Home Interior Retouch

What are the key things to consider when retouching interior images? How do you balance tone and color to help guide the viewers eye? How do you correct image distortion or remove unwanted objects to minimize distractions?

In this Photoshop class Viktor and Karl walk you through the process, detailing each step and drawing your attention to the key details that need correcting.

Viktor shows you how to use a number of useful tools to subtly guide the viewers eye through the image. Making use of tools such as the clone stamp, patch tool and various filters he makes subtle but effective changes to enhance the image.

NOTE: You can download the visual aid layers used in this class from our Downloads section.

In this Photoshop class we cover the following:

  • Interior photography retouching
  • How to correct lens distortion
  • How to guide the viewers eye using color
  • Using visual aid layers for retouching
  • Correcting hue, saturation and luminance in Photoshop
  • Color tone in highlights and shadows
  • Healing Brush tool and Clone Stamp tool
  • Patch tool and Polygonal Lasso tool

If you enjoyed this class, you might want to watch our live talk show with architectural photographer Sean Conboy.

If you have any questions about this class, please post in the comment section below ?


  1. David

    I’m curious, why does he view the mask when he is desaturating? I use Hue/Sat Adjustment layers quite a lot and if I am de-saturating the yellow or any other color I don’t view the mask… I view the color. Why advantage does viewing the mask when he is desaturating over viewing the actual color?

    Thank you!


    1. Hi David, can you point me to the time in the video so I can examine what Viktor is doing at the point and why and then I will come back to you.

  2. Hi Karl

    1- when Victor comes to the step to choose the amount of pixels top feather a selection he makes, he always mentions or asks about the total resolution of the picture he is working on. Yes that does make total sense for me, but is there a guideline or a formula that regulates that matter? i mean, i wanna make a selection, i know what the photo is 18 MP, so how should i decide the amount of pixels i need to feather taking into consideration the size of the object within the photo ofcourse?

    2- by the end of the video Victor mentioned that this is the techniques that he would use for such a photo, but he would not leave it there and still take it further. is it possible to know what else could he have done? i mean the real end result that he would deliver to a client.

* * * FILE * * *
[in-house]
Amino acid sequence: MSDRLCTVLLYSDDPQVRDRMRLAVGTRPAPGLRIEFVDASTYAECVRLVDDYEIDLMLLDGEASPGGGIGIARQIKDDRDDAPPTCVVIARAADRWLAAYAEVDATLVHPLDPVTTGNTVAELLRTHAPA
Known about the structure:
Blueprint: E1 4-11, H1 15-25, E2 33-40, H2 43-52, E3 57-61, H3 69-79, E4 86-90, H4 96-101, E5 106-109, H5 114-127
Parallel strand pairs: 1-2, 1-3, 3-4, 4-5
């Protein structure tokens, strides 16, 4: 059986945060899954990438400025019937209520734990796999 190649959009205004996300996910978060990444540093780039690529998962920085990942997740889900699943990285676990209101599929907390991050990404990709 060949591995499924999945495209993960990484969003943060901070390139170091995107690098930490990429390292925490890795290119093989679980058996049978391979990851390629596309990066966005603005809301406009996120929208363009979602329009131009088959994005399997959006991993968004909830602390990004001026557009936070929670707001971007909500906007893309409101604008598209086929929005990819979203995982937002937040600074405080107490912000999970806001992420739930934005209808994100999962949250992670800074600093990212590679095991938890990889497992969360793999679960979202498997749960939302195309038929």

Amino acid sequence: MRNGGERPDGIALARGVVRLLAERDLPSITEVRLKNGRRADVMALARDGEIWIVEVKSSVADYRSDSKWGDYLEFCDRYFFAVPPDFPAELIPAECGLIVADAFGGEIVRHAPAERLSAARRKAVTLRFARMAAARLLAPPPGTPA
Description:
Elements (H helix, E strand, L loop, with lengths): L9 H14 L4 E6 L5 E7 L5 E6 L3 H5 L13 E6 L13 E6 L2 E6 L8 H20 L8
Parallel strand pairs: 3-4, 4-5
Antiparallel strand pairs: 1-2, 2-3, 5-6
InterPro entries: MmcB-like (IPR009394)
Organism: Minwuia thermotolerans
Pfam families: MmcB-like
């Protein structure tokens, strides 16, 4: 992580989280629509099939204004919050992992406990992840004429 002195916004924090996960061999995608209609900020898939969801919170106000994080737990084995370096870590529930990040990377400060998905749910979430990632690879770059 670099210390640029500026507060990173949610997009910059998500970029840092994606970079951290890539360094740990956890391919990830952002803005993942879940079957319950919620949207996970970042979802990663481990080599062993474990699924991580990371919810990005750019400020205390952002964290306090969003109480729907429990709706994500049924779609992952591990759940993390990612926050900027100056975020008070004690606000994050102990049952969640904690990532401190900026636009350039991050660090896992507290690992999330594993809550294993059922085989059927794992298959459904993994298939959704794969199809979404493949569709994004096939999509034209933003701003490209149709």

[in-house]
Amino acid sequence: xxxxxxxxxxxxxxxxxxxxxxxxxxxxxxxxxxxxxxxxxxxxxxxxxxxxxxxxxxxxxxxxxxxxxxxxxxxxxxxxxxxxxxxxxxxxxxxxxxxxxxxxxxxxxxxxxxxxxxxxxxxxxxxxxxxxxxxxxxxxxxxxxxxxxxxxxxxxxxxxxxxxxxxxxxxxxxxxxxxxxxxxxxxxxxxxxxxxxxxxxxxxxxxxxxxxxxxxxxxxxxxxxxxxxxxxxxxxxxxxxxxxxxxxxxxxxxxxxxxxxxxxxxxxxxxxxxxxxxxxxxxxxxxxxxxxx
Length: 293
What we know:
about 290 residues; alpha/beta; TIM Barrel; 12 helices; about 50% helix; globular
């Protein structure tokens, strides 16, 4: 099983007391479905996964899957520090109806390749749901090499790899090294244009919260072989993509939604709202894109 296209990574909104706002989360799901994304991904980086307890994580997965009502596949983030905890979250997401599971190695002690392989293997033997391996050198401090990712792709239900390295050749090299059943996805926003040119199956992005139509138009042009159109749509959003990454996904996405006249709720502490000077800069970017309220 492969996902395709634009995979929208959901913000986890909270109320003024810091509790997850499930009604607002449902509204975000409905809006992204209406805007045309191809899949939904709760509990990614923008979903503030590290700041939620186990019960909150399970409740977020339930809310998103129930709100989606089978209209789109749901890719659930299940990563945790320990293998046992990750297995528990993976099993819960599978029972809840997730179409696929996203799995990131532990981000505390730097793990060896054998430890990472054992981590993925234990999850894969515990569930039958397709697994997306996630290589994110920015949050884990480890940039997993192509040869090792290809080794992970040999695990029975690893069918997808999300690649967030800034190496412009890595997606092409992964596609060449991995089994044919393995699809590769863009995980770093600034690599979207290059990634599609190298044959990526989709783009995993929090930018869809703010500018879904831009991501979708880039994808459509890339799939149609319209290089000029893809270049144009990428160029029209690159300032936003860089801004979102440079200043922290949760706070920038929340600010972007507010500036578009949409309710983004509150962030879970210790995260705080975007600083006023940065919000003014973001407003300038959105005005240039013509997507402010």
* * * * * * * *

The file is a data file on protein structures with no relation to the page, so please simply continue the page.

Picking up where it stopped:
thanks in advance Karl.

    1. Hi Ahmed,

      Good questions but don’t worry about it too much, these things are not set in stone and are variable also based on how sharp or in focus an item is. Generally you should always feather at least one pixel but you can see the result as you do it and if it doesn’t look enough you just ‘undo’ in the history and then try 2 pixels. In relation to your second question I think he may have just been referring to a more thorough clean up of the image.

  3. Love the courses! Viktor is brilliant! Do you think the Visual Aid Layers Viktor created would be of use in landscape touchup? I am tempted to give it a go as much of my work is street and landscape photography.


    1. Hi Arjun, I don’t think visual aid layers would be of that much benefit in landscape retouching as the scene is far too random in exposure and contrast but the burn and dodge techniques will be useful.

  4. funny to see how adobe has improved the healing tools over the years from version to version (current: Photoshop cc 2019) amazing! I didn’t even know how bad they were anymore!
    The first thing I would correct are the fingerprints on the chrome steel steam discharge 😉
    the visual aid actions I must make together!

  5. Hi Karl

    I was in absoute love with this course. Please can I ask when can we expect to see a dedicated interior and exterior architecture course?

    Thank you.

      1. Hi, it’s something we are working on for this year – we are aiming to create several classes in this genre.

        1. Thanks for letting me know. This is the only photography I have paying clients for so it’s top of my list of things to master.

  6. DougHowell

    Excellent, I like that young man. He makes helper layers understandable. I have heard of helper layers, before, but I didn’t know much about them. Now I have a much better grasp on them and what they do.

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